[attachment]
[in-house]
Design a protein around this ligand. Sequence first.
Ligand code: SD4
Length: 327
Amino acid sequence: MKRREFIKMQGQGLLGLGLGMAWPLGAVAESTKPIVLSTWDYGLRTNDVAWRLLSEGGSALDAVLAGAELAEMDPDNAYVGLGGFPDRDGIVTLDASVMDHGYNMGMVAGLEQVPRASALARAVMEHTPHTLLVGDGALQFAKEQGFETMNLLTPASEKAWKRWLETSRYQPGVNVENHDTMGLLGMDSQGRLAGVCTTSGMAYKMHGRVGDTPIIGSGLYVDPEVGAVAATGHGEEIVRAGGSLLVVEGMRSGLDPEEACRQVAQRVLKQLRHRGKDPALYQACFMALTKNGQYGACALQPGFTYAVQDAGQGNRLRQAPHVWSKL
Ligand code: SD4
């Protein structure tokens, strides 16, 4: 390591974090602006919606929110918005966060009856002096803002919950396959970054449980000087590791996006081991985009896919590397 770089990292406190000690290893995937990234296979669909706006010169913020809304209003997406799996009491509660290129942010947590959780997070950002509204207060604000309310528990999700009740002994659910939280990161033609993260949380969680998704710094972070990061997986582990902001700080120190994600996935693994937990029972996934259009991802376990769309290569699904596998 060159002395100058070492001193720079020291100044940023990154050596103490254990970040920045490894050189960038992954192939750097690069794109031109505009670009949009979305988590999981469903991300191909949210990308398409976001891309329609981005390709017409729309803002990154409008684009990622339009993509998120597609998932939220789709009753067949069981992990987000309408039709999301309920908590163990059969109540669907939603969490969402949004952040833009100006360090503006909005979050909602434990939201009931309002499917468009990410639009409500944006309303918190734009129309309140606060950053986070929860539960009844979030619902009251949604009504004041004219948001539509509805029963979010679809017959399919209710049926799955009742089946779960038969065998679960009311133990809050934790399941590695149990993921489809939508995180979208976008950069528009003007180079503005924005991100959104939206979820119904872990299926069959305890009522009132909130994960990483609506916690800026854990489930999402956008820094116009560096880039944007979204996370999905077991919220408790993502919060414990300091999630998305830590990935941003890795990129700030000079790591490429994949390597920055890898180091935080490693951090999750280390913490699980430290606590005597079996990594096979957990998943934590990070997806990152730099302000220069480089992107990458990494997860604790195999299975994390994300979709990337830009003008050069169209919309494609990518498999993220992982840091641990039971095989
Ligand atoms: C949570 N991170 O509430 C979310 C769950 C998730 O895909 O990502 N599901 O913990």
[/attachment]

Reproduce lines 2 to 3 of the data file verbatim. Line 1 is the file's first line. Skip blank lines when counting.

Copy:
Design a protein around this ligand. Sequence first.
Ligand code: SD4